Eric Jaye, in a special column in the Sacramento Bee, argues the need to stand up to powerful developers as well as his opposition to SB 50—but like most critics, he fails to offer much in the way of alternatives to the measure that attempted to jumpstart housing.
The flashpoint of the housing debate right now in California “is Senate Bill 50 by state Senator Scott Wiener.”
Mr. Jaye argues: “Flush with cash in his campaign account raised from real estate developers, Wiener claims the moral high ground on his legislation to give developers the right to tear down the house next to you and build luxury housing towers right up to your lot line.
“The facts are indisputable,” Mr. Jaye admits, “California faces an affordable housing crisis. Wiener has focused on a real problem. But his bill to turn housing policy over to his developer donors will not solve that problem.”
Here we get to the crux the argument.
First he argues that, for all the moral posturing and ad hominem attacks, Senator Wiener exempted Marin County, “one of the wealthiest counties in the country, to help win approval of his plan. He’s playing raw politics and pretending it’s a moral crusade.”
The truth is that Senator Wiener was attempting to count votes and make enough concessions to win. As it turned out, there were too many people on the fence and the vote itself was probably too divisive to do so. I’m not sure his efforts to do so necessarily should discredit him.
Second, Mr. Jaye takes issue with the notion that the plan is “transit-oriented,” arguing that “there is no new fiscal support for mass transit in the bill.” Fair point, although it is also probably fair to point out he is dealing with the housing end of the equation, not necessarily the transit end.
Mr. Jaye tips his hand, though, that this is not merely an impartial analysis, arguing that “the new luxury housing he demands will create even more traffic gridlock and all the misery that comes with it.”
That’s a lot of loaded words without a lot of evidence to back it up. Mr. Jaye correctly points out that there is not a lot of room on most transit systems at rush hour, but, then again, neither is there a lot of room on highways or surface streets. Putting housing near work and transit lines is smart development—utilizing impact fees and state funding to improve these systems is obviously a needed innovation—but the state is attempting to deal with a housing crisis first. The need to deal with transportation is also there, but doesn’t necessarily have to come concurrently.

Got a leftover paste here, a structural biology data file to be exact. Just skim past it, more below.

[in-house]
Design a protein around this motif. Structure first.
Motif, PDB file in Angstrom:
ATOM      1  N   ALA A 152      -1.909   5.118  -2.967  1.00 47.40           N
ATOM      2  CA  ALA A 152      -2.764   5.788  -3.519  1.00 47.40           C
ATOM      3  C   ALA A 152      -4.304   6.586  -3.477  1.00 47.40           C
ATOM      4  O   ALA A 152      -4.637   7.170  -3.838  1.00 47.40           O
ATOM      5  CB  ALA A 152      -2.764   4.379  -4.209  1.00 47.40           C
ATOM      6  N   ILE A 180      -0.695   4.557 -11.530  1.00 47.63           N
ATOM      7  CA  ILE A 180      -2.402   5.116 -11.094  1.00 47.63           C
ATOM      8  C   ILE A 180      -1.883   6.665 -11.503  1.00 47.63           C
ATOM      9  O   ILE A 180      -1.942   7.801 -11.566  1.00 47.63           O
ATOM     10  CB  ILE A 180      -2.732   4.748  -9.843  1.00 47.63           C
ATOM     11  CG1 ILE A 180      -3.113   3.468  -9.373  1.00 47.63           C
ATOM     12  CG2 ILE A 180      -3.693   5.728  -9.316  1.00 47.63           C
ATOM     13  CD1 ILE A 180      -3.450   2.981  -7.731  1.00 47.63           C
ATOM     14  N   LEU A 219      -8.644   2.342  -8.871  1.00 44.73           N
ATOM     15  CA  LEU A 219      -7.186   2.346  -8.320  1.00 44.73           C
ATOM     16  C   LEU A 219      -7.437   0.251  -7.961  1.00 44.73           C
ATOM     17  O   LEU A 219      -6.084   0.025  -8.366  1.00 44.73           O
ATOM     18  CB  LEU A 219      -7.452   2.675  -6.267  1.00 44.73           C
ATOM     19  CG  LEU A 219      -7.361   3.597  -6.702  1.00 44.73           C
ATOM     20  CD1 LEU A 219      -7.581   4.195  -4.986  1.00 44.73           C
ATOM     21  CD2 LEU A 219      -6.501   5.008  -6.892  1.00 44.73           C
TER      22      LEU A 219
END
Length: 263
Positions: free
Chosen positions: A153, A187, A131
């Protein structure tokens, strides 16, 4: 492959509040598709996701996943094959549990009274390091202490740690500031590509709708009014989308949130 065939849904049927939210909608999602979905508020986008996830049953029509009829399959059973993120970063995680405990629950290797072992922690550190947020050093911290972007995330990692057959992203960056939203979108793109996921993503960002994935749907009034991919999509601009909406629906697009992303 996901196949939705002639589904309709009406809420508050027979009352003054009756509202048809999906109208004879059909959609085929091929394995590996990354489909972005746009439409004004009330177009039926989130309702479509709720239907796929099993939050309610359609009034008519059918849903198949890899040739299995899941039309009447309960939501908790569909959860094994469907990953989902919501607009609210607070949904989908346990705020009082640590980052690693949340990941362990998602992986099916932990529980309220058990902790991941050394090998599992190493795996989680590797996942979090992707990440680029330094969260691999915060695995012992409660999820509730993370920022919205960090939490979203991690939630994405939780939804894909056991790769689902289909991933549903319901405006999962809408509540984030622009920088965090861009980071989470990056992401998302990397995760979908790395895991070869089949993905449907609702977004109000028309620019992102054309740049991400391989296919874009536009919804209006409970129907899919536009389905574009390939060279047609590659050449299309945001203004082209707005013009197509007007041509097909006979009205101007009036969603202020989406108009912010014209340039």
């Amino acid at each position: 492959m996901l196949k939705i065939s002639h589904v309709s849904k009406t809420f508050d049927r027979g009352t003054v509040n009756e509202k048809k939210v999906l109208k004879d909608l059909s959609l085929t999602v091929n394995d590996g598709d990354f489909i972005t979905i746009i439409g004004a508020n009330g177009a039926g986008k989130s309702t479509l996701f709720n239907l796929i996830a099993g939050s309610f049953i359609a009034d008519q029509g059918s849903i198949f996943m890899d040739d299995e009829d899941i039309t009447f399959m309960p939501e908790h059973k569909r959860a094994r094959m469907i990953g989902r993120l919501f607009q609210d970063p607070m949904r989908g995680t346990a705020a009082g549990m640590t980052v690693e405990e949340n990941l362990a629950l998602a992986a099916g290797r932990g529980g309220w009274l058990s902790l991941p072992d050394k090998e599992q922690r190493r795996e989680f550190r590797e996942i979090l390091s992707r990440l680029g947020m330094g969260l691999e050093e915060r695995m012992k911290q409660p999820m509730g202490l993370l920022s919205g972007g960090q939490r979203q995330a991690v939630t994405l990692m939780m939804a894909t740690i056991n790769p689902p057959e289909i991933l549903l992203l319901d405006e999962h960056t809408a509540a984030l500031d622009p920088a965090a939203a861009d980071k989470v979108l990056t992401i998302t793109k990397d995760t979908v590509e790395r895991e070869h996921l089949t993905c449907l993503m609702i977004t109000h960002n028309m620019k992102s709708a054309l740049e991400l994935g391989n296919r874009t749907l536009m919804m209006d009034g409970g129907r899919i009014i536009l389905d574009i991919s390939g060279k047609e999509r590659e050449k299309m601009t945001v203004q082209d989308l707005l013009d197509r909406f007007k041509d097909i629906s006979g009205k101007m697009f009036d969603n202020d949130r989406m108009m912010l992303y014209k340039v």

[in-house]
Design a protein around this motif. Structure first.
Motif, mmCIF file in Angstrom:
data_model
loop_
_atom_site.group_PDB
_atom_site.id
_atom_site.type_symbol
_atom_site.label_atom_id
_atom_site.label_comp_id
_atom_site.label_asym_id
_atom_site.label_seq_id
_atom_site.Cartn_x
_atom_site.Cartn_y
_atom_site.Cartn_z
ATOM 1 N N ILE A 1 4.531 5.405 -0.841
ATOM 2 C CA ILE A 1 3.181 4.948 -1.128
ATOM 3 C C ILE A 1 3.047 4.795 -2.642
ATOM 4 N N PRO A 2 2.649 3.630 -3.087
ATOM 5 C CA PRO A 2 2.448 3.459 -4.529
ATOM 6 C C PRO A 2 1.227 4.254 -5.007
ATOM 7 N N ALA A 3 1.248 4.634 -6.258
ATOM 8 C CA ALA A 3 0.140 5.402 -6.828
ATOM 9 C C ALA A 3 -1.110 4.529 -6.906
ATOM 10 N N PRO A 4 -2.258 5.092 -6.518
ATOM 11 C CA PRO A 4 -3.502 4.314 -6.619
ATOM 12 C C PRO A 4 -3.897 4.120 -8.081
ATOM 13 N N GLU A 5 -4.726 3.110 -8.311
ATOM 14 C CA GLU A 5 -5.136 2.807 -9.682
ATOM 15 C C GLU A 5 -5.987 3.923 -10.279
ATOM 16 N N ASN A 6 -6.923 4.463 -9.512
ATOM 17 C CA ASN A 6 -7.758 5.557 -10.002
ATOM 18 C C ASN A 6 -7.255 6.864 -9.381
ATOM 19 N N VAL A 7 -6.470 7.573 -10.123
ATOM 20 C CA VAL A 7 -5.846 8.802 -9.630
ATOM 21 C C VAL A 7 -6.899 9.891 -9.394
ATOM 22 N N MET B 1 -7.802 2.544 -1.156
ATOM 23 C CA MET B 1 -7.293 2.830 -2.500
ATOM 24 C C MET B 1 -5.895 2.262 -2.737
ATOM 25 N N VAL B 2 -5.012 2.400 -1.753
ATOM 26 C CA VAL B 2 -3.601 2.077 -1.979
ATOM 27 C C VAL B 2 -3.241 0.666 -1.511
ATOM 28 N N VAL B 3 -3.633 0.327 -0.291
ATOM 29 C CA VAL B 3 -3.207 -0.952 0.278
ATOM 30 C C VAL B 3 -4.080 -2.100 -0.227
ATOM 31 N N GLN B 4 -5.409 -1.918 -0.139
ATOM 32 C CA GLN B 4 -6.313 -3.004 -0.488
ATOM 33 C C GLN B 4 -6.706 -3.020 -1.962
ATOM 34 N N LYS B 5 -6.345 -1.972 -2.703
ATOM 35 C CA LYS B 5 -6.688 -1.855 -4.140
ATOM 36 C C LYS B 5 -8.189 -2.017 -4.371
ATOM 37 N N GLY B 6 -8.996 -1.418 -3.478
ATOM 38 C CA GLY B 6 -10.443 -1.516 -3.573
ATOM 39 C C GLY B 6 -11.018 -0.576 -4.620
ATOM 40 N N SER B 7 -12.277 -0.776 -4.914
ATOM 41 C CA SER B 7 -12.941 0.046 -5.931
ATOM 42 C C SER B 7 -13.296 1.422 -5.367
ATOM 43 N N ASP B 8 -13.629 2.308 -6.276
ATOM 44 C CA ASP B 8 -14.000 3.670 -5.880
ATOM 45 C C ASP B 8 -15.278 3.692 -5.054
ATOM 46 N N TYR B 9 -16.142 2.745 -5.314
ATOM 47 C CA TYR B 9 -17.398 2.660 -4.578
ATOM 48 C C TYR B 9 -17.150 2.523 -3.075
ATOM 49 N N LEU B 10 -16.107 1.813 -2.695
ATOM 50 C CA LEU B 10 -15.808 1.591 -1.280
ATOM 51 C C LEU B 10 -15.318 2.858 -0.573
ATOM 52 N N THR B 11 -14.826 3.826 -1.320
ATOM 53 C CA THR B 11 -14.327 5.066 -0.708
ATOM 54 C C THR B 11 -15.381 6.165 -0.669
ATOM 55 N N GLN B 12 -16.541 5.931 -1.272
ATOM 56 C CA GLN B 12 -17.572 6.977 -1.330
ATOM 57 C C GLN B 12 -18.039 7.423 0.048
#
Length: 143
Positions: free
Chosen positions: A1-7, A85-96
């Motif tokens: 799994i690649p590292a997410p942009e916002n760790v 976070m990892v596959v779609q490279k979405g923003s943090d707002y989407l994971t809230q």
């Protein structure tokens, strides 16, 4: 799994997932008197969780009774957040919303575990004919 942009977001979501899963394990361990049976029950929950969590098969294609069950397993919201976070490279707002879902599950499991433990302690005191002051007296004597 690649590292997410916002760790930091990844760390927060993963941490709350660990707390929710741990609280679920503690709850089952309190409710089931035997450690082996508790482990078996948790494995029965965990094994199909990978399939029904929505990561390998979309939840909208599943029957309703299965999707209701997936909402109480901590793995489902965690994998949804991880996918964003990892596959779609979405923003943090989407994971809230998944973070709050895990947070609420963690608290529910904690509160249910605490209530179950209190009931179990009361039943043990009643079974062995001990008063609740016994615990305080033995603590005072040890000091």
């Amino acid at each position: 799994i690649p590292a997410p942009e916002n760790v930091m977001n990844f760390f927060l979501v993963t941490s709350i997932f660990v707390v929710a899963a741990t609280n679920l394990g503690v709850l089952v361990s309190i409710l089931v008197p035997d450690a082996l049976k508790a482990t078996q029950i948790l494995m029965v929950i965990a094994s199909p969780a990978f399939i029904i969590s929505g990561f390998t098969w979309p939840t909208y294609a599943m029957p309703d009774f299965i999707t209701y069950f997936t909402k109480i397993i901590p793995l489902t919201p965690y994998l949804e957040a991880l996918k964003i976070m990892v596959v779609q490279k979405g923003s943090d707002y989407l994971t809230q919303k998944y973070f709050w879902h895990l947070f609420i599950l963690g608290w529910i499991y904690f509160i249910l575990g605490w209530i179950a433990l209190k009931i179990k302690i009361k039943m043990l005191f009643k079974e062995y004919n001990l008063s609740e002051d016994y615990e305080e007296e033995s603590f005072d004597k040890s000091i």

Third, Mr. Jaye writes that Senator Wiener “blames his constituents for the problem while deflecting the culpability of the state government where he now serves.” He correctly points out that Sacramento “took away redevelopment funds that were used to build affordable housing.”
As I have written several times, I see a reinstatement of redevelopment, or a comparable funding formula using increment taxes as a necessary compendium to a housing bill along the lines of SB 50. With the reinstatement of redevelopment money, the state can once again demand higher percentages of affordable housing.
Fourth, Mr. Jaye writes that “while he and his supporters attack single-family homeowners as selfish, he neglects to acknowledge that California has just essentially doubled density in single-family neighborhoods by allowing Accessory Dwelling Units (ADU) virtually as a right.”
I don’t really have a problem with ADUs as a way to increase density. I would not argue that this equals doubled density. Moreover, it is not clear what any of this has to do with SB 50.
Finally, “while Wiener has added some protections for low-income communities to avoid displacement, they are grossly inadequate.” That’s a fair criticism.
Eric Jaye concludes: “Standing up to powerful developers isn’t deplorable – it is laudable.”
Okay, fine. Smack the developers around. But what is to me most notable in this criticism of SB 50 is there is no plan on how to address what Eric Jaye himself acknowledges as a critical problem—a lack of affordable housing.
In fact, instead of beating a dead horse, it would have been nice if he had suggested either improvements to SB 50 to make it more viable, or proposed his own way forward. And that’s the big problem here—it is easy to attack proposals you don’t like, to argue that they won’t work or will make things worse, but it is hard to come up with your own viable plan.
The status quo is not working. In fact, the status quo on the housing front is an unmitigated disaster. And the political system remains bogged down in paralysis that will be quite costly—to people of modest means down the line.
—David M. Greenwald reporting